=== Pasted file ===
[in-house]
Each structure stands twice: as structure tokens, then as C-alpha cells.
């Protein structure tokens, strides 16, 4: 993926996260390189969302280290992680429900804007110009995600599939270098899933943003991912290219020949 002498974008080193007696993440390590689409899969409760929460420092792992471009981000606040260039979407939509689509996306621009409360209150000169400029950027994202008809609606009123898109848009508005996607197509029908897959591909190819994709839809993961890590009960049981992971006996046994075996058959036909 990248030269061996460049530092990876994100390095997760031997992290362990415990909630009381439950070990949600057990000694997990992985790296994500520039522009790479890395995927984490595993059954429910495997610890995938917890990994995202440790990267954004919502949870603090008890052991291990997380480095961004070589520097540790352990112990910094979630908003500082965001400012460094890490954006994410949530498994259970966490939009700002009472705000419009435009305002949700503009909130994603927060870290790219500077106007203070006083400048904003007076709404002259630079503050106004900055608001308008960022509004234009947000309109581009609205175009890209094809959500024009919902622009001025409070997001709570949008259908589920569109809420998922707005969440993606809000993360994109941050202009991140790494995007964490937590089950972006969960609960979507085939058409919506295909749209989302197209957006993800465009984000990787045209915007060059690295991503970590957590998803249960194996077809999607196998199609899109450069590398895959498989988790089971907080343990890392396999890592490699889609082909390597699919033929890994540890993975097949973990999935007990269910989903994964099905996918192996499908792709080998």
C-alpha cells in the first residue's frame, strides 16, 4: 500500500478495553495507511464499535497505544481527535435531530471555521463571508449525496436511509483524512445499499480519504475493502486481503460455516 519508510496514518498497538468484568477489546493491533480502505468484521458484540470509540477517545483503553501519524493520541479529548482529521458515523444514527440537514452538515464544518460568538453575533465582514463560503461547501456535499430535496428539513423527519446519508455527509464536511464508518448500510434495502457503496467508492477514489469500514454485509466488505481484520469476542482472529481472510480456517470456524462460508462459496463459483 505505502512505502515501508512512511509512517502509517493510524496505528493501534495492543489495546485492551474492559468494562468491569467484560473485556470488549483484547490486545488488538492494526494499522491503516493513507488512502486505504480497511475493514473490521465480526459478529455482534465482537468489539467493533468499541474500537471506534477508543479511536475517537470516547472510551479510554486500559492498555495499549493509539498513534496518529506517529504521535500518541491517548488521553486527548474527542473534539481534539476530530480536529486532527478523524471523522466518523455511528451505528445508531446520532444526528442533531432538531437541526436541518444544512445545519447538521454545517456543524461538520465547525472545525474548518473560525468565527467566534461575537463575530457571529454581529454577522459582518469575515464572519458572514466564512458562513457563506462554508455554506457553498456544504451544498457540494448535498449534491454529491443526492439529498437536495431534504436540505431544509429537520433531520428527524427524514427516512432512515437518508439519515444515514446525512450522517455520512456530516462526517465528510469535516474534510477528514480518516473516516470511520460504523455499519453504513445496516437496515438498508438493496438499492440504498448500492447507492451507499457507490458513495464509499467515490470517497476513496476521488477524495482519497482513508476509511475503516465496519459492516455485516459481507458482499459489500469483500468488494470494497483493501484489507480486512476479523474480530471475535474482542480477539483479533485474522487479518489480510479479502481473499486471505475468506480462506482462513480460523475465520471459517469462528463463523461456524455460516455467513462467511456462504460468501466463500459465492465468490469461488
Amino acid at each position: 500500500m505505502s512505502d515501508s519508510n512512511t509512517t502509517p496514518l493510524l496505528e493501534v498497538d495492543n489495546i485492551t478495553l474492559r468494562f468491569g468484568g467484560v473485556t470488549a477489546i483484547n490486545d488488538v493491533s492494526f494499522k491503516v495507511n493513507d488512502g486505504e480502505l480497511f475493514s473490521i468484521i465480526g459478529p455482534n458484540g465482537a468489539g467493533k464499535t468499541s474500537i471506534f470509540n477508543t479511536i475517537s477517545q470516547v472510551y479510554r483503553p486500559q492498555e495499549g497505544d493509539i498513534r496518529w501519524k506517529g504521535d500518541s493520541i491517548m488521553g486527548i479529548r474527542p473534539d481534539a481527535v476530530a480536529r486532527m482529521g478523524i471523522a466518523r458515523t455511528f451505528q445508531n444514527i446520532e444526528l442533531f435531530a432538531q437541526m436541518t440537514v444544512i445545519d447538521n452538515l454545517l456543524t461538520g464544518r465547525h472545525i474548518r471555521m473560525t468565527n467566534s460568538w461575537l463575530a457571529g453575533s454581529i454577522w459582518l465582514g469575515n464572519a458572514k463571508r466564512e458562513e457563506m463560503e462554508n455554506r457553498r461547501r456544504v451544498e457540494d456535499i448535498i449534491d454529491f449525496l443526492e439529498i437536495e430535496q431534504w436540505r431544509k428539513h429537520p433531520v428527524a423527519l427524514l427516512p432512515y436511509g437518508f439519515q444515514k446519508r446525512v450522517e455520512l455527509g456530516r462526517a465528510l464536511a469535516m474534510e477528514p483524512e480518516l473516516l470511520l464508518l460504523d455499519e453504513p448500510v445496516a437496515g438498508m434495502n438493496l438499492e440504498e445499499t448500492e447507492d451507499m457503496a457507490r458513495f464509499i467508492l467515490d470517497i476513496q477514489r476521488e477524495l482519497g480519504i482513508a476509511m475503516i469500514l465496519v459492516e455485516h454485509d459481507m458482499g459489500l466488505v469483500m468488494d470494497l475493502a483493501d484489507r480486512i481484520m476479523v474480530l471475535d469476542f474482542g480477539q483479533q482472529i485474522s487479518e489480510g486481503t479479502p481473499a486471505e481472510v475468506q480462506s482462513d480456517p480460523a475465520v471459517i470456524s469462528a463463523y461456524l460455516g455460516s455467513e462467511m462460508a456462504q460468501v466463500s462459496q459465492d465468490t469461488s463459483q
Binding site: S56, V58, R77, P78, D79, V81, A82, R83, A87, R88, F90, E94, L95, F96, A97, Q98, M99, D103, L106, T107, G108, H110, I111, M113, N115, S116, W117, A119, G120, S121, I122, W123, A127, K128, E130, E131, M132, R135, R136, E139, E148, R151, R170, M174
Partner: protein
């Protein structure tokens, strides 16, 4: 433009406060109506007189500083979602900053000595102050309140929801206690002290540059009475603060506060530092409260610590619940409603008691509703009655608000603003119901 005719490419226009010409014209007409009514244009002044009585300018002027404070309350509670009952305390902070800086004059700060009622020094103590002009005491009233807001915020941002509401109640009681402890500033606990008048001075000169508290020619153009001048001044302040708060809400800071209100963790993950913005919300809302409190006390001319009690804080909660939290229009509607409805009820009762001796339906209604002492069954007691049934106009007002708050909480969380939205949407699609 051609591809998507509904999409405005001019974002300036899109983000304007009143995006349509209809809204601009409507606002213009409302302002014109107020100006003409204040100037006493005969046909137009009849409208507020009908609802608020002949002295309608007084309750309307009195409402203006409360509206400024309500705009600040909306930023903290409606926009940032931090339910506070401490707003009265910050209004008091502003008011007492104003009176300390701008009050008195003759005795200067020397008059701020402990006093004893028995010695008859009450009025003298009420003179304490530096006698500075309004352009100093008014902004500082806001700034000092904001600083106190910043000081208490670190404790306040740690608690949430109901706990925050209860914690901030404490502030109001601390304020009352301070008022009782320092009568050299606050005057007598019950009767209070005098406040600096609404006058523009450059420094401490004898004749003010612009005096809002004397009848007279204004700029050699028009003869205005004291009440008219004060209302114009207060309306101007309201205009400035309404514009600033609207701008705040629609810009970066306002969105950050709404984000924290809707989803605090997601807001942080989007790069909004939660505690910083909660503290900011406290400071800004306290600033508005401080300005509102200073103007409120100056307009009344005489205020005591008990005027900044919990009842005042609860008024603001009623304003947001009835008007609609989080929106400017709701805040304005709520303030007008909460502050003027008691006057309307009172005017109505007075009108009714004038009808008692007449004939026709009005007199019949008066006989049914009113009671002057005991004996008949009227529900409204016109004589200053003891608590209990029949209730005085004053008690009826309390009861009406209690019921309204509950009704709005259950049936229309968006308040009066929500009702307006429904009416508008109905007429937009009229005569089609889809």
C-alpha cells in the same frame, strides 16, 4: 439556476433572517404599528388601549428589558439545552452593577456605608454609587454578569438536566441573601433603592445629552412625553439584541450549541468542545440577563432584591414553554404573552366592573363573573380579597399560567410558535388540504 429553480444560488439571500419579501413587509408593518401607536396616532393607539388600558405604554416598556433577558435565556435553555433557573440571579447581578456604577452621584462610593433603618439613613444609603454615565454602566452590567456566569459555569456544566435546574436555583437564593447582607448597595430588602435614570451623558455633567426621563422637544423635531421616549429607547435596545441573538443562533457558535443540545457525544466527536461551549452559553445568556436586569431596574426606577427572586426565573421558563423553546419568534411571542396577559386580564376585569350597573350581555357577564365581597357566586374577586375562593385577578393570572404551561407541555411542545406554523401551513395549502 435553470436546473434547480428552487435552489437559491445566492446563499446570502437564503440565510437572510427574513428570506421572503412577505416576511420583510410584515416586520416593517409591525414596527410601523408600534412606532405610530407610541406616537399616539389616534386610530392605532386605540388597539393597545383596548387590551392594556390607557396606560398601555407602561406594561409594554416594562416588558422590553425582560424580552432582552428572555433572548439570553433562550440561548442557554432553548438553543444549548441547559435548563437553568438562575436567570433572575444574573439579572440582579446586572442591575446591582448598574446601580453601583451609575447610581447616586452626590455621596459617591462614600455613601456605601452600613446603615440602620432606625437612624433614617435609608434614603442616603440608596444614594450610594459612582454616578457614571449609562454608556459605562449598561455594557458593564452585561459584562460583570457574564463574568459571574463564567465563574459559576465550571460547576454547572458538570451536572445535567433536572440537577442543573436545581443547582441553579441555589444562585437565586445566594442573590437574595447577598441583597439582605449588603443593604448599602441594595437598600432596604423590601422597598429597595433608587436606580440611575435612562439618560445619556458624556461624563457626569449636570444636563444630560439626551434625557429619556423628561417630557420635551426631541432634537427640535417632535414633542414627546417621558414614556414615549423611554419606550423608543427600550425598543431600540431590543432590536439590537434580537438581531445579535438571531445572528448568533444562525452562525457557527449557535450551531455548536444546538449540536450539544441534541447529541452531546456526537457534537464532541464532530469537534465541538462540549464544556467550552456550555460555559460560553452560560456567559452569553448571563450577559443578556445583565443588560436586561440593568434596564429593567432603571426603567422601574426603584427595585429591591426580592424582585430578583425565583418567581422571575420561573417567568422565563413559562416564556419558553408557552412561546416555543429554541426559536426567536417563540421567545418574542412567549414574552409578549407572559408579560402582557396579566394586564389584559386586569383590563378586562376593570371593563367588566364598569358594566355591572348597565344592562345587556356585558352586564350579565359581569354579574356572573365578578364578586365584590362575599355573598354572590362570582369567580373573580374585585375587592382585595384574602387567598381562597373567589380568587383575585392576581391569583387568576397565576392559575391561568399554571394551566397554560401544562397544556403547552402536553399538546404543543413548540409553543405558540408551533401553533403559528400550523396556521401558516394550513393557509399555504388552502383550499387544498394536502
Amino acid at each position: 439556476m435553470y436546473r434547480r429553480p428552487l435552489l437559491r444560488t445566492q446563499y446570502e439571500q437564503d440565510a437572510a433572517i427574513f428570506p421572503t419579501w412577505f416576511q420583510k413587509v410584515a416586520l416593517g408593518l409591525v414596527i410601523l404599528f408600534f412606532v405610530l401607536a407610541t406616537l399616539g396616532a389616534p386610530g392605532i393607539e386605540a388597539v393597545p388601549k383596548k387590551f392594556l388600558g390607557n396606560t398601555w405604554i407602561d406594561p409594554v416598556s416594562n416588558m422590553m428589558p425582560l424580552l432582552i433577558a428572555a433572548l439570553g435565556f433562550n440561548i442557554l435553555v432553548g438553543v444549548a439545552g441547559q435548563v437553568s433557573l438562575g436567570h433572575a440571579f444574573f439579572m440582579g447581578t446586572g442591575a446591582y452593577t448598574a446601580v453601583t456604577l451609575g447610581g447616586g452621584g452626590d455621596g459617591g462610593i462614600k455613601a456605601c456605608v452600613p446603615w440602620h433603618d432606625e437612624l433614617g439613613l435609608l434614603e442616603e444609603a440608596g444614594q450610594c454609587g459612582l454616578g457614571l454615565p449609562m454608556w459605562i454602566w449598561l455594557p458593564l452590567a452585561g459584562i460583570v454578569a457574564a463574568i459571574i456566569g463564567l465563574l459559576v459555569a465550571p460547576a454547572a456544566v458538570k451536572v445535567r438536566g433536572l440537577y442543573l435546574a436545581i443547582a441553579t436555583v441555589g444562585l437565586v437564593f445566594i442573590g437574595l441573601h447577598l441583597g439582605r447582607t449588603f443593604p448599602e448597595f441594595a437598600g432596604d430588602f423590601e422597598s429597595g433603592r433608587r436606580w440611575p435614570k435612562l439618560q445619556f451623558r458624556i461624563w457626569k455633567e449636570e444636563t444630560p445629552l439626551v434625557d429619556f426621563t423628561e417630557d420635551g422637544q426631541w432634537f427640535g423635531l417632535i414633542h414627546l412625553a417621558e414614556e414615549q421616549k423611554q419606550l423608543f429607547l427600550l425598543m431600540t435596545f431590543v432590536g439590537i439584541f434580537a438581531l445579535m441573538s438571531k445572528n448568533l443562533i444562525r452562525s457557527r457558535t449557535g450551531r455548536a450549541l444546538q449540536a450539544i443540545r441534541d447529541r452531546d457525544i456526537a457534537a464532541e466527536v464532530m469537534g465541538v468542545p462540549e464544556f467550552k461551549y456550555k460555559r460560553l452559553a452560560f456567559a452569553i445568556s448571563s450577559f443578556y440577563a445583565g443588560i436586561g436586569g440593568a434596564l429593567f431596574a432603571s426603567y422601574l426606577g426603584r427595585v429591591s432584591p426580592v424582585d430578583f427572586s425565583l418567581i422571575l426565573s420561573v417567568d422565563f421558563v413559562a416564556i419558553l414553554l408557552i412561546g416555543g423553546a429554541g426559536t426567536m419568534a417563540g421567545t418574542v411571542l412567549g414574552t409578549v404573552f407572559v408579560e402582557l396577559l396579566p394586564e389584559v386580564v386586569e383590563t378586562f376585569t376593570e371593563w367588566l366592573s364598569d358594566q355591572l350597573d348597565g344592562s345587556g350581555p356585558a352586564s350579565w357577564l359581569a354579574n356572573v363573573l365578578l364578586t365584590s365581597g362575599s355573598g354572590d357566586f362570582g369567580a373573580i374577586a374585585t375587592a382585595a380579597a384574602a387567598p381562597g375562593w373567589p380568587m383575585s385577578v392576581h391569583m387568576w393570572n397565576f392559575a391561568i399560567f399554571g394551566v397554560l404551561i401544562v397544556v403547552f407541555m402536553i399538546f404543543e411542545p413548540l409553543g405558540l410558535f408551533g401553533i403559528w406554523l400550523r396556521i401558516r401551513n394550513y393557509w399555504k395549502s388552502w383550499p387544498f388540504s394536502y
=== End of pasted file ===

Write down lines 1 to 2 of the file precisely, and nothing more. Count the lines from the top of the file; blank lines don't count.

[in-house]
Each structure stands twice: as structure tokens, then as C-alpha cells.